Like Sandra’s son, all healthcare providers and those involved in scientific research will be faced with ethical situations that challenge their faith throughout their careers. As a student who will be commencing a Master’s of Science, I too will join the ranks of the above group. Although I will be directly involved in neither clinical research nor in any hands-on laboratory experiments, and consequently my experiences may not be as vivid as Jessie’s, I will not escape the faith challenges inherent to this field.
In light of Spain’s recent Euro Cup win over Portugal, here’s some celebratory photos from last year’s World Youth Day in Madrid. Only about a year to go until WYD Rio 2013! Are you going?
Under the leadership of the HEART committee, St. Augustine Catholic High School in Unionville has raised $10,000 for partner schools in Uganda. Founded in 2002, HEART stands for Helping Education in Africa: Reaching Together.
The recipient schools, St. Charles Lwango Training School and Sacred Heart Primary School, are administered by the Religious Sisters of the Sacred Heart. They were established as residential schools for young people whose parents were dying from AIDS.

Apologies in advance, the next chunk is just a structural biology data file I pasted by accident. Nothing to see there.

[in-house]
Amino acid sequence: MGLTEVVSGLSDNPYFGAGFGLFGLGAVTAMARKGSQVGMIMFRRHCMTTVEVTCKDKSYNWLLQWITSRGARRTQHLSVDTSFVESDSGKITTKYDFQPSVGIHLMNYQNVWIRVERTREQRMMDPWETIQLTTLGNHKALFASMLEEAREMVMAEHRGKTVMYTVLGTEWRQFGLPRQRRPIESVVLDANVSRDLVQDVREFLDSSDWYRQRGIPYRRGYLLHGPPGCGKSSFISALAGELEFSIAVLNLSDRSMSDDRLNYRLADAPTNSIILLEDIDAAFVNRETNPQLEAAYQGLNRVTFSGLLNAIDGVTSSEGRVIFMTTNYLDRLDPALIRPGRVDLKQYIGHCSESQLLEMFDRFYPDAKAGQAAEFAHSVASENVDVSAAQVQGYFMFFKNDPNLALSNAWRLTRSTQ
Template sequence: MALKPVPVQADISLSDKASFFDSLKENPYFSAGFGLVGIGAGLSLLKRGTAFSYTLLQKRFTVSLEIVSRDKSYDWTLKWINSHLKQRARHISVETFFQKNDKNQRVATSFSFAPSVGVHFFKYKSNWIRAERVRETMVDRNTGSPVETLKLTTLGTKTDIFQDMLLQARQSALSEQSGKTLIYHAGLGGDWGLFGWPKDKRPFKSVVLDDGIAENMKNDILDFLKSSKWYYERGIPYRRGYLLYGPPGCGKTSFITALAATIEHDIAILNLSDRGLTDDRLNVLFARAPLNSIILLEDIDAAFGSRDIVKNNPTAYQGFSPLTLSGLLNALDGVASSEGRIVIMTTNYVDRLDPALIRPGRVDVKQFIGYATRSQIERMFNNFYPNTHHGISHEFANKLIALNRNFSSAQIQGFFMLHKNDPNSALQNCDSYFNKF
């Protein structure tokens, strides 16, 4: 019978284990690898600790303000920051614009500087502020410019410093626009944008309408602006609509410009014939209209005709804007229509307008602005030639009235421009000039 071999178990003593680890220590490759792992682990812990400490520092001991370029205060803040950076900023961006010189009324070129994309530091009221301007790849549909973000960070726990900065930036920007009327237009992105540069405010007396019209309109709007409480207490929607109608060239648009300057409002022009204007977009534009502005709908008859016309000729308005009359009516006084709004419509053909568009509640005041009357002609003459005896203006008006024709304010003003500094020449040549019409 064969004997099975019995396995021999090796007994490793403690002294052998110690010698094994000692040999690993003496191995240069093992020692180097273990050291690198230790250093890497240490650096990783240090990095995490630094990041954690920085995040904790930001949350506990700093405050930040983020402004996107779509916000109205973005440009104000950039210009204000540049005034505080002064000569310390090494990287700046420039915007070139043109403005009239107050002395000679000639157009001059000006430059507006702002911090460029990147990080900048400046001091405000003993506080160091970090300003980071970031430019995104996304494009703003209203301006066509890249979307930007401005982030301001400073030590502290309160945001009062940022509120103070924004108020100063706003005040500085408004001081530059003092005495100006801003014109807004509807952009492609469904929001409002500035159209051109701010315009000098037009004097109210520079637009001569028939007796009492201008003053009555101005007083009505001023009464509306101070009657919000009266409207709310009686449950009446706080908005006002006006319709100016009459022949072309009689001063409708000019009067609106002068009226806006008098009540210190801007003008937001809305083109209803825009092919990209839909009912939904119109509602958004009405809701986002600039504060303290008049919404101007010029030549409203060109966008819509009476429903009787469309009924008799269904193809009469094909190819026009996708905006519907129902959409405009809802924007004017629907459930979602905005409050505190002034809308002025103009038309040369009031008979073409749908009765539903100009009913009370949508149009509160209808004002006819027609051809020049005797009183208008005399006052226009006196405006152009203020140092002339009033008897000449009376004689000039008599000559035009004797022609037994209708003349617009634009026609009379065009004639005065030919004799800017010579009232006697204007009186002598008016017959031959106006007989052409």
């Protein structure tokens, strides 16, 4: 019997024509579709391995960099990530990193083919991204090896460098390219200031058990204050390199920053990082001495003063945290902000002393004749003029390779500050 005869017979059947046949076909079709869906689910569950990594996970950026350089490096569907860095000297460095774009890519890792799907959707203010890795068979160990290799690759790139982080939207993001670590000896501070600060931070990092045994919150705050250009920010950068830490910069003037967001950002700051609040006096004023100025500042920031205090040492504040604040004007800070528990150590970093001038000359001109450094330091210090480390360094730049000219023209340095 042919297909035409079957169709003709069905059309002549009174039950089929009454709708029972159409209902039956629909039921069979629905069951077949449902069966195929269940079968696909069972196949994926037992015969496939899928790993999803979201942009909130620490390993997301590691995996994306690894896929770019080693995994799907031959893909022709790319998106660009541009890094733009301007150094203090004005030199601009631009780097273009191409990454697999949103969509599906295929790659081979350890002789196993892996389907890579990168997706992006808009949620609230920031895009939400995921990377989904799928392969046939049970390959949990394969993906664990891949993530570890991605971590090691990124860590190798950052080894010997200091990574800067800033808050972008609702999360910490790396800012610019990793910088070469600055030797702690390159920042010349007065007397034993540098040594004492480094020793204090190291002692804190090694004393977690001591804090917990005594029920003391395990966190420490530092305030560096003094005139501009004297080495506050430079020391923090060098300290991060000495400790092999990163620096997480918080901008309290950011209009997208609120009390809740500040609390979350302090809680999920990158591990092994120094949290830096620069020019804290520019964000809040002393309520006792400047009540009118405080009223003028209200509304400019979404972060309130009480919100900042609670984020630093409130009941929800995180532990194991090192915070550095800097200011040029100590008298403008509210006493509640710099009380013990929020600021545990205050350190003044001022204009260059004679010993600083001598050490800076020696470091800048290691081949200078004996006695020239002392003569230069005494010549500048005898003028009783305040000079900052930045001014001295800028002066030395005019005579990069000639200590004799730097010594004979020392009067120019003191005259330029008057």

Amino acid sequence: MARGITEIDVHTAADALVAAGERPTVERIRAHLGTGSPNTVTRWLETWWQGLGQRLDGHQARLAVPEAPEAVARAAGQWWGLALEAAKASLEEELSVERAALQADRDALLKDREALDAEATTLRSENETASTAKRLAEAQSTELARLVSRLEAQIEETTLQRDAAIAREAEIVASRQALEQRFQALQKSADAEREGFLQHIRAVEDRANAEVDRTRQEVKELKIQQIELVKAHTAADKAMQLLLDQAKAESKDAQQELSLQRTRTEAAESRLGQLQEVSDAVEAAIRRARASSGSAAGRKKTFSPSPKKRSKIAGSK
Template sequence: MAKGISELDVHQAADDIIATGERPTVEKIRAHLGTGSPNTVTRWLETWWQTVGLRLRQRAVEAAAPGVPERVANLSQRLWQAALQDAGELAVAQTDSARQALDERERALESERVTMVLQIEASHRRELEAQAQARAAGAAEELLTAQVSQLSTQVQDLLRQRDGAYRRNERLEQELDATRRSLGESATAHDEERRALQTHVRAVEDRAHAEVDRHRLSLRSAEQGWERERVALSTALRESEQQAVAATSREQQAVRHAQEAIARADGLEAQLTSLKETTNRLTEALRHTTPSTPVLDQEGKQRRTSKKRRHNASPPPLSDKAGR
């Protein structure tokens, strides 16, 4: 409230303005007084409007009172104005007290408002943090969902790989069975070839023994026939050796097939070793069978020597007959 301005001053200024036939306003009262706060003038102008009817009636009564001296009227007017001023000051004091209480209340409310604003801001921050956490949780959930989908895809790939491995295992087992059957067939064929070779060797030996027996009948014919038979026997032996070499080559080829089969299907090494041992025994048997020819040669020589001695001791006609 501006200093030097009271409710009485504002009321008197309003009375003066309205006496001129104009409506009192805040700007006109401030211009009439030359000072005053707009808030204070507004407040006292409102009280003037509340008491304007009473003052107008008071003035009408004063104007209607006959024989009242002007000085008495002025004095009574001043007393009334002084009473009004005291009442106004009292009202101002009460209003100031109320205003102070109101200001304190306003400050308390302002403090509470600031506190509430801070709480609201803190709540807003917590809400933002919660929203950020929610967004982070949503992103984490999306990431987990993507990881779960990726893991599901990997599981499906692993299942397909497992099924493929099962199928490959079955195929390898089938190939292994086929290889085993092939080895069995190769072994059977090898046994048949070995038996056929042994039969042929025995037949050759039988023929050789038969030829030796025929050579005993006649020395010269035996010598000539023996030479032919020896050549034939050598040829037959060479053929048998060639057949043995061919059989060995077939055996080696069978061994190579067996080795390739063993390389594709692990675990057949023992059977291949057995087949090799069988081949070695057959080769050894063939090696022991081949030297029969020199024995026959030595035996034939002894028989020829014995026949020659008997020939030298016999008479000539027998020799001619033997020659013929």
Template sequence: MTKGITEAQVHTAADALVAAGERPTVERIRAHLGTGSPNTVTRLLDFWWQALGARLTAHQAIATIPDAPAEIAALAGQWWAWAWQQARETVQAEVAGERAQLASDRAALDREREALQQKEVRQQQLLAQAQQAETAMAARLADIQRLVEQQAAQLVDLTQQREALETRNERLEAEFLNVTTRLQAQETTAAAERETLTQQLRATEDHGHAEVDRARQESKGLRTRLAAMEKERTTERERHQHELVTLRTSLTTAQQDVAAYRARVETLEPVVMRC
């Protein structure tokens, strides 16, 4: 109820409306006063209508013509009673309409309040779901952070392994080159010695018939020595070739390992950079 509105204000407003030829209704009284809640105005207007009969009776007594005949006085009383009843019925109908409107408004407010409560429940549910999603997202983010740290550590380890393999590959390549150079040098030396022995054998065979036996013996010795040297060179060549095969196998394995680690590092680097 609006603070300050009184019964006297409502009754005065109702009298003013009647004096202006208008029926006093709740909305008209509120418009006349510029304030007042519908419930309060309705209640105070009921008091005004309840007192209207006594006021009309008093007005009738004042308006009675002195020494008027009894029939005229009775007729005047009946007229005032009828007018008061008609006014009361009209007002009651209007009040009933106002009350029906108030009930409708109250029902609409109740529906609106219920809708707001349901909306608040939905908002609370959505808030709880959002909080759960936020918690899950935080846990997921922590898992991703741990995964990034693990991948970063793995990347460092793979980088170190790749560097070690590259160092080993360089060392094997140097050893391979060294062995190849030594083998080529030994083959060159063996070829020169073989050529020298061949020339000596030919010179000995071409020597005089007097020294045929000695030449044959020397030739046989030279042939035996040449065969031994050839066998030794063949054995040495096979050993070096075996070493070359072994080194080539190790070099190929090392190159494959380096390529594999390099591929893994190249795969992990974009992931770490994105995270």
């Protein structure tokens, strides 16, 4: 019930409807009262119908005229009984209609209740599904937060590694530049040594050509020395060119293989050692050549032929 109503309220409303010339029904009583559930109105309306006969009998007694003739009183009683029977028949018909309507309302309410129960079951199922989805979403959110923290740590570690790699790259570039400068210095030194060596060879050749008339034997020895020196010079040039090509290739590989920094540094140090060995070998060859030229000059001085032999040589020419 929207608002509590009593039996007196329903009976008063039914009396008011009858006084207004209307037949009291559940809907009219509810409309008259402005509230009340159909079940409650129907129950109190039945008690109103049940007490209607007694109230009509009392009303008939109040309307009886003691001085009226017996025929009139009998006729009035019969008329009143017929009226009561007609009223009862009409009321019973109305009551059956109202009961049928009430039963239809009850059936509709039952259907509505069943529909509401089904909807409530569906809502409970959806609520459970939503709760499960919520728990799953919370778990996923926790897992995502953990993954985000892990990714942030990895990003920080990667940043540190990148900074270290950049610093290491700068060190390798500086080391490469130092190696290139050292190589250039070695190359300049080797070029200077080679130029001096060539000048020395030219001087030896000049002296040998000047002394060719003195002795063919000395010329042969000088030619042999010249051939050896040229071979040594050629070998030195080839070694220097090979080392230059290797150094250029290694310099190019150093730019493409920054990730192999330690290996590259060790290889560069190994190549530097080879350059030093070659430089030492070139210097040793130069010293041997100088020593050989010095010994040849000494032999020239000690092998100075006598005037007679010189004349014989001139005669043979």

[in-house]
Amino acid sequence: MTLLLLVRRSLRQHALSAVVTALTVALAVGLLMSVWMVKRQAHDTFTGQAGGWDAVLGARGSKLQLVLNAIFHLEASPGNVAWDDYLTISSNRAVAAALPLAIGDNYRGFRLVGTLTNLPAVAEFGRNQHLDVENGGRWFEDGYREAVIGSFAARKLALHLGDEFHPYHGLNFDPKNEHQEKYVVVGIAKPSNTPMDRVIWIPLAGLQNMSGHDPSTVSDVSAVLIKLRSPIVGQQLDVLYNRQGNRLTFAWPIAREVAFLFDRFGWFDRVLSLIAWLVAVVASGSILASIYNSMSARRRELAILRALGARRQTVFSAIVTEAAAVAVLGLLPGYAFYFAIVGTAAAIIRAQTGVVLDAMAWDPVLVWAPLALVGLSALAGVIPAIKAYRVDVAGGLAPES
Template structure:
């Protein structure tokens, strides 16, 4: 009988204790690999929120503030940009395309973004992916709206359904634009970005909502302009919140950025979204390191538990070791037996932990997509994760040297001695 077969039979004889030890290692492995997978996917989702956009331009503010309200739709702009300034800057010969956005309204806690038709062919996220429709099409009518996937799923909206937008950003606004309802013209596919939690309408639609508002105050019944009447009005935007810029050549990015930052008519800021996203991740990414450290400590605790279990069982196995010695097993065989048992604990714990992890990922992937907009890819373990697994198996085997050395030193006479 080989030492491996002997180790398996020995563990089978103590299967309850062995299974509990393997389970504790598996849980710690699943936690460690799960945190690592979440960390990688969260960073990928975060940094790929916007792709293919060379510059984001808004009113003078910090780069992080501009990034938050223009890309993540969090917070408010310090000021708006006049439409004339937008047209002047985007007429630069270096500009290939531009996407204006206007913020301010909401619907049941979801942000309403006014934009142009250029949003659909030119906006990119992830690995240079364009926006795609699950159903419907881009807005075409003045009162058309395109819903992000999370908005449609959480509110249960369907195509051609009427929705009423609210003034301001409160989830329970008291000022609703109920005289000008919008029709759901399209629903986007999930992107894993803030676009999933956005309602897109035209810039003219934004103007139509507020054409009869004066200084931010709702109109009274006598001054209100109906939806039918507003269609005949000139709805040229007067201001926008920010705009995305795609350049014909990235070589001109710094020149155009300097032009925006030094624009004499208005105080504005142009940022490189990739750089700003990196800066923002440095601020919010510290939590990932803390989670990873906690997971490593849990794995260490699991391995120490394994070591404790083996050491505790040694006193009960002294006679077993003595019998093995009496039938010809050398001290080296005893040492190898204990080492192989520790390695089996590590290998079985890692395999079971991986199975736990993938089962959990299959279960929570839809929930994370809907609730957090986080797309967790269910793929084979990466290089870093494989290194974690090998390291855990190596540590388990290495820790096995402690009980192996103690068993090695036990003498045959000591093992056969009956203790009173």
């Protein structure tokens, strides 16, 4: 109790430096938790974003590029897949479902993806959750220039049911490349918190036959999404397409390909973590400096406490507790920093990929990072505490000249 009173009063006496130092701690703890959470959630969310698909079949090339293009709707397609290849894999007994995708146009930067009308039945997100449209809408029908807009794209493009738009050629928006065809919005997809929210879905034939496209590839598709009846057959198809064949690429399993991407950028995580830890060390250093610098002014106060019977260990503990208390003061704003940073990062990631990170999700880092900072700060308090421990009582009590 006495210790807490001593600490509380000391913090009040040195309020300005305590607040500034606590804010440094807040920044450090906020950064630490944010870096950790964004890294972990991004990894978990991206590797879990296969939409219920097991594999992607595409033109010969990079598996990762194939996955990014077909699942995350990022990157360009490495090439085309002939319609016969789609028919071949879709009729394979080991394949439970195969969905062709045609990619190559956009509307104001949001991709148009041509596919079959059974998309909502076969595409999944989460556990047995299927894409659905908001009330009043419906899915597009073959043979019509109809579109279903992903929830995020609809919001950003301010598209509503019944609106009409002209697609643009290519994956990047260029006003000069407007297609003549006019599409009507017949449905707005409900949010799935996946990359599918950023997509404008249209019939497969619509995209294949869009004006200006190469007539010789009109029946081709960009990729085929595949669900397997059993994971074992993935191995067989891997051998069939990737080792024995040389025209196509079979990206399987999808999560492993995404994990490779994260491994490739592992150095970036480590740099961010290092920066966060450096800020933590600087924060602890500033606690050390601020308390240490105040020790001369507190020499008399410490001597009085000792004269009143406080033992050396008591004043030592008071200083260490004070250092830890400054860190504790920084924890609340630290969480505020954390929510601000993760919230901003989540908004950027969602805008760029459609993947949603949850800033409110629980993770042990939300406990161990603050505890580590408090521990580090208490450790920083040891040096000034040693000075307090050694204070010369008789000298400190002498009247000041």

St. Augustine’s HEART committee poses with their $10,000 cheque. (Photo courtesy of Bertha Yetman)
The Archdiocese of Toronto’s Office of Catholic Youth has announced they won’t be organizing a delegation to Rio de Janeiro for World Youth Day 2013.
For more details, here’s a link to the story in this week’s edition of The Catholic Register.
Does this impact your decision to go? Will you be travelling with your parish? Let us know!
More than 600 students and their families participated in The Angel Foundation for Learning’s 12th Annual 5 km Fun Walk on May 6.
The walk raised money to benefit the Foundation’s Social Work Emergency Fund which assists Toronto Catholic District School Board students in need of basic essentials such as warm clothing, hearing aids, eyeglasses and Epi-pens. Here’s a shot from the event, via Rose Cutrara.